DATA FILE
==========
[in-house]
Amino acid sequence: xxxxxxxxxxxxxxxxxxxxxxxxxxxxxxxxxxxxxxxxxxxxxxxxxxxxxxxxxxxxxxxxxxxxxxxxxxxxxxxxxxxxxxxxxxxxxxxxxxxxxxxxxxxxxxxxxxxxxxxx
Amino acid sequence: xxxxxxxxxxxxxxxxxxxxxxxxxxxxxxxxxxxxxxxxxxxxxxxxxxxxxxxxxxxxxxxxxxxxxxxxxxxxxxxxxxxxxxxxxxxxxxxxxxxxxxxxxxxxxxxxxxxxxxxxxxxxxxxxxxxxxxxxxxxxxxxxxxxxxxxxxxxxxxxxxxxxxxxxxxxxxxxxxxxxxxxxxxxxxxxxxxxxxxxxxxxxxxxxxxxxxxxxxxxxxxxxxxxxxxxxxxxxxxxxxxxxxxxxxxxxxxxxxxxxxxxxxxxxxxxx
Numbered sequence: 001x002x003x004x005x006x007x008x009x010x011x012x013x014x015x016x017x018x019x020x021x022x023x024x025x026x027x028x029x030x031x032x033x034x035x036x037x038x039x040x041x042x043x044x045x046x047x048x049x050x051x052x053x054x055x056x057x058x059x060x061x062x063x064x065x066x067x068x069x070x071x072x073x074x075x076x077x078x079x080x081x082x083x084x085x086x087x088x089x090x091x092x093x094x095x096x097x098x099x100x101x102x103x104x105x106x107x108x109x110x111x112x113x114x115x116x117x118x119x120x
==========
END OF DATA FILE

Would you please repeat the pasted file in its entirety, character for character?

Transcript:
[in-house]
Amino acid sequence: xxxxxxxxxxxxxxxxxxxxxxxxxxxxxxxxxxxxxxxxxxxxxxxxxxxxxxxxxxxxxxxxxxxxxxxxxxxxxxxxxxxxxxxxxxxxxxxxxxxxxxxxxxxxxxxxxxxxxxxx
Amino acid sequence: xxxxxxxxxxxxxxxxxxxxxxxxxxxxxxxxxxxxxxxxxxxxxxxxxxxxxxxxxxxxxxxxxxxxxxxxxxxxxxxxxxxxxxxxxxxxxxxxxxxxxxxxxxxxxxxxxxxxxxxxxxxxxxxxxxxxxxxxxxxxxxxxxxxxxxxxxxxxxxxxxxxxxxxxxxxxxxxxxxxxxxxxxxxxxxxxxxxxxxxxxxxxxxxxxxxxxxxxxxxxxxxxxxxxxxxxxxxxxxxxxxxxxxxxxxxxxxxxxxxxxxxxxxxxxxxx
Numbered sequence: 001x002x003x004x005x006x007x008x009x010x011x012x013x014x015x016x017x018x019x020x021x022x023x024x025x026x027x028x029x030x031x032x033x034x035x036x037x038x039x040x041x042x043x044x045x046x047x048x049x050x051x052x053x054x055x056x057x058x059x060x061x062x063x064x065x066x067x068x069x070x071x072x073x074x075x076x077x078x079x080x081x082x083x084x085x086x087x088x089x090x091x092x093x094x095x096x097x098x099x100x101x102x103x104x105x106x107x108x109x110x111x112x113x114x115x116x117x118x119x120x